Actually, I feel fine about the entire adventure. Yes, that’s what it is. We’re heading out on a dare-to-run-adventure that says more about us than anything else. I have to prove, to no one but myself, that I am fully capable of finishing what I start. And finish I intend to. I have a couple long runs left in me before the day and we’re about to find out just how a New Yorker does running pandemic or no pandemic. Stay tuned to find out how it goes!

Strength for the Day 🏋🏽‍♀️

Wow what a crazy bunch of weeks the past month has been! I’ve had a death in my family – no relation to Covid- had to sit an exam in the same week, facilitate online activities and projects for the kids I tutor and my volunteer group, and still find time for running, cycling, and strength exercise. I need a vacation! Yup. Somewhere idyllic that involves a lot of nature, beaches, hiking, waterfalls, incredible sunsets, and sunrises to run for and that is non-covid threatening. If anyone knows of a place on earth like this that I could safely travel to, please help out a fellow runner. I’ll pay all that I have, which may not be a lot but c’mon it’s all I have – cause then I’ll probably never come back. In the interim, I really need to get into a sustainable routine that’s not so crazy and I should be fine. I think.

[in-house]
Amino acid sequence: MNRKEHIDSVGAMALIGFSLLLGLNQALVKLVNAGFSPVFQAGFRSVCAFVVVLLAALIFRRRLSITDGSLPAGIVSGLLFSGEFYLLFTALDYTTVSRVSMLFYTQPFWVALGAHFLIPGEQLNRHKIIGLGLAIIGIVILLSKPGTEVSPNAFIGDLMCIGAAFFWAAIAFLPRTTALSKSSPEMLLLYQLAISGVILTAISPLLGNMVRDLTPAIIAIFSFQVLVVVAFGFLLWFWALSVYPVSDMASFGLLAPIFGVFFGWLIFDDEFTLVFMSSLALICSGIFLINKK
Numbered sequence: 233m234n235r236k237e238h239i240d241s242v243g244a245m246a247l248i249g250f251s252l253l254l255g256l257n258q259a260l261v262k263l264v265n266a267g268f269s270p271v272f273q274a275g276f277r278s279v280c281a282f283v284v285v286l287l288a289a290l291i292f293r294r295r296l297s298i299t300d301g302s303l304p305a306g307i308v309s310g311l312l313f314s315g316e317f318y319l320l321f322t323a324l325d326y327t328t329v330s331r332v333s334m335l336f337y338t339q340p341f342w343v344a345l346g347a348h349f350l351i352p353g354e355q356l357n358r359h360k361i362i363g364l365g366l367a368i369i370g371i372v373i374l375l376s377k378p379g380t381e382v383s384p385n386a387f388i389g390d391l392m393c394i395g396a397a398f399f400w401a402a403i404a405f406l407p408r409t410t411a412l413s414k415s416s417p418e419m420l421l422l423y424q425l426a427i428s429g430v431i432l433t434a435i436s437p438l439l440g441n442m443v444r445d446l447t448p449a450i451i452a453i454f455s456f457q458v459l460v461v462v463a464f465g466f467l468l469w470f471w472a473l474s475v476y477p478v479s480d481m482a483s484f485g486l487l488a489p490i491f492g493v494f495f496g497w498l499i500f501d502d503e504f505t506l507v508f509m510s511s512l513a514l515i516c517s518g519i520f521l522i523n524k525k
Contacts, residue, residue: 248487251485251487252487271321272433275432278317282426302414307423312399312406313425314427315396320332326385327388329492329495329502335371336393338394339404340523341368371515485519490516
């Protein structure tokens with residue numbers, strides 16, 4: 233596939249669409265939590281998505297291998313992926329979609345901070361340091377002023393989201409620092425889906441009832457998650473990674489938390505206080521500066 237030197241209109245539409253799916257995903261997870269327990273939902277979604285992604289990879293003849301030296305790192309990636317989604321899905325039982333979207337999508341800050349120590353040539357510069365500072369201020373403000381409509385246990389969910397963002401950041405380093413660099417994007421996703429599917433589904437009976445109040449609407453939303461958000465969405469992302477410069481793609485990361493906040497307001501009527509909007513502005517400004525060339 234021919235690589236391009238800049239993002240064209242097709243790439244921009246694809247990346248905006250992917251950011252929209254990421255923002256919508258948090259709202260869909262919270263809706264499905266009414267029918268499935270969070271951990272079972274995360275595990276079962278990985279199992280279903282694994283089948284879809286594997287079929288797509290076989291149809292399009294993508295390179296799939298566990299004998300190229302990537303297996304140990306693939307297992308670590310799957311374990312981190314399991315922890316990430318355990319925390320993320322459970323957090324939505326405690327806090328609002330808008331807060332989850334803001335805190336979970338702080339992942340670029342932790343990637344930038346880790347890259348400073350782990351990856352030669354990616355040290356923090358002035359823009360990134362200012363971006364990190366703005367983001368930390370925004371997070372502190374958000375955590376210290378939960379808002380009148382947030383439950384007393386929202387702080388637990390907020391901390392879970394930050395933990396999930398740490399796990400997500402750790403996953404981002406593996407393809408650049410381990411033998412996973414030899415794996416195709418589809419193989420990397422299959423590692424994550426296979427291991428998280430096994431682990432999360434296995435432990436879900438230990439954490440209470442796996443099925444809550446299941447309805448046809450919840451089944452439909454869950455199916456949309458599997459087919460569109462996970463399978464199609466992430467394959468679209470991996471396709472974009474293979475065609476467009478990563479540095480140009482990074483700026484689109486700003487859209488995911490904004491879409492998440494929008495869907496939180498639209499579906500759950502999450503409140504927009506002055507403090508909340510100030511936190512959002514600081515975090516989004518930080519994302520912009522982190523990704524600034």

Since time waits on no man, and there’s no woman exception, we’re going full steam ahead into October and the full effect of Fall season. We’re talking Halloween🎃, which I don’t really care for and then Thanksgiving🦃, which is going to be very interesting this year, and the holiday Sales💰, which I might care more about if I had money to spend but really it’s not even on my radar right now. What is on there is that we are slowly and differently running again! I mean no big fall marathons, such as we’ve gotten accustomed to – ♥️NYC marathon and Chicago Marathons♥️ – but there are smaller races happening and the novel option to run said bigger races as virtual experiences this year. This is good news for runners like myself. It’s been all sorts of terrible for the racing world, and everyone really, since March and it’s good to know that we’re taking some running steps if not strides yet. I am thankful and strong!